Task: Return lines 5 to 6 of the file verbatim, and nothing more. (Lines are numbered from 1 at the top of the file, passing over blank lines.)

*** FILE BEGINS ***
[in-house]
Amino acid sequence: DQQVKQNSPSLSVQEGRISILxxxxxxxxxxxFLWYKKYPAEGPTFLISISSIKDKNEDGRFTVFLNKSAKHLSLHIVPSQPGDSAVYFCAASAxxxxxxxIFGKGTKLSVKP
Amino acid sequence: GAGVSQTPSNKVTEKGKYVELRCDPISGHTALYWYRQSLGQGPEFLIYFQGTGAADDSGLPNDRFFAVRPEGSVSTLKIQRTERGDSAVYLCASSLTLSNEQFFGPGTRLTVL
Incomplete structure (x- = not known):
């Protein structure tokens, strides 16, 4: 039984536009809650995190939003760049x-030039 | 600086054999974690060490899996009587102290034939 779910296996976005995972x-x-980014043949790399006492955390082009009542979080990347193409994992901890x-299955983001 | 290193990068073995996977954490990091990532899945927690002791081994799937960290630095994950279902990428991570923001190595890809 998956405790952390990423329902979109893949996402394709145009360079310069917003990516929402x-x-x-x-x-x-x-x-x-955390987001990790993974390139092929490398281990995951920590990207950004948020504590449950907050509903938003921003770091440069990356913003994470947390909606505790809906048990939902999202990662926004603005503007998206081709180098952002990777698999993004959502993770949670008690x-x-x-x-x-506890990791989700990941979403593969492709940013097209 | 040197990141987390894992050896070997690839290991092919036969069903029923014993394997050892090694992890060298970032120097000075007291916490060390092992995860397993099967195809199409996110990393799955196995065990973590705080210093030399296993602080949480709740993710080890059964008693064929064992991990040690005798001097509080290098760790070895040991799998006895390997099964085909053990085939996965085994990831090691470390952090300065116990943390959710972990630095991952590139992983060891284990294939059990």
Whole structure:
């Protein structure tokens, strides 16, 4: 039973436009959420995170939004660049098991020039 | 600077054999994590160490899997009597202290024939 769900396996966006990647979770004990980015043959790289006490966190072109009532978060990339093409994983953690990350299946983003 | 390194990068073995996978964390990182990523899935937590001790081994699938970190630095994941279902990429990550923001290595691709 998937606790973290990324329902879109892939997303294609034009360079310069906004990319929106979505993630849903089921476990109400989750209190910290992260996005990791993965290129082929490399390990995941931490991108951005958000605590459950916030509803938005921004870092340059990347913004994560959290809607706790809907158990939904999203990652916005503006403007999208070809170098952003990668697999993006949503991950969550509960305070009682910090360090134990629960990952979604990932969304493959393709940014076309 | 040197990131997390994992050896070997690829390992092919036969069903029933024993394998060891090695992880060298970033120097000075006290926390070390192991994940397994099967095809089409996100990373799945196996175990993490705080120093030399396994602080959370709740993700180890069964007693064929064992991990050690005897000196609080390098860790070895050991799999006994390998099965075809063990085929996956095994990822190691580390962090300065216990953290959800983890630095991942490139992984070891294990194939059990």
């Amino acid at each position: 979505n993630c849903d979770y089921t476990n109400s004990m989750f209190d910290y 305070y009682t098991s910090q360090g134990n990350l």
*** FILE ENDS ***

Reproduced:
């Protein structure tokens, strides 16, 4: 039984536009809650995190939003760049x-030039 | 600086054999974690060490899996009587102290034939 779910296996976005995972x-x-980014043949790399006492955390082009009542979080990347193409994992901890x-299955983001 | 290193990068073995996977954490990091990532899945927690002791081994799937960290630095994950279902990428991570923001190595890809 998956405790952390990423329902979109893949996402394709145009360079310069917003990516929402x-x-x-x-x-x-x-x-x-955390987001990790993974390139092929490398281990995951920590990207950004948020504590449950907050509903938003921003770091440069990356913003994470947390909606505790809906048990939902999202990662926004603005503007998206081709180098952002990777698999993004959502993770949670008690x-x-x-x-x-506890990791989700990941979403593969492709940013097209 | 040197990141987390894992050896070997690839290991092919036969069903029923014993394997050892090694992890060298970032120097000075007291916490060390092992995860397993099967195809199409996110990393799955196995065990973590705080210093030399296993602080949480709740993710080890059964008693064929064992991990040690005798001097509080290098760790070895040991799998006895390997099964085909053990085939996965085994990831090691470390952090300065116990943390959710972990630095991952590139992983060891284990294939059990």
Whole structure: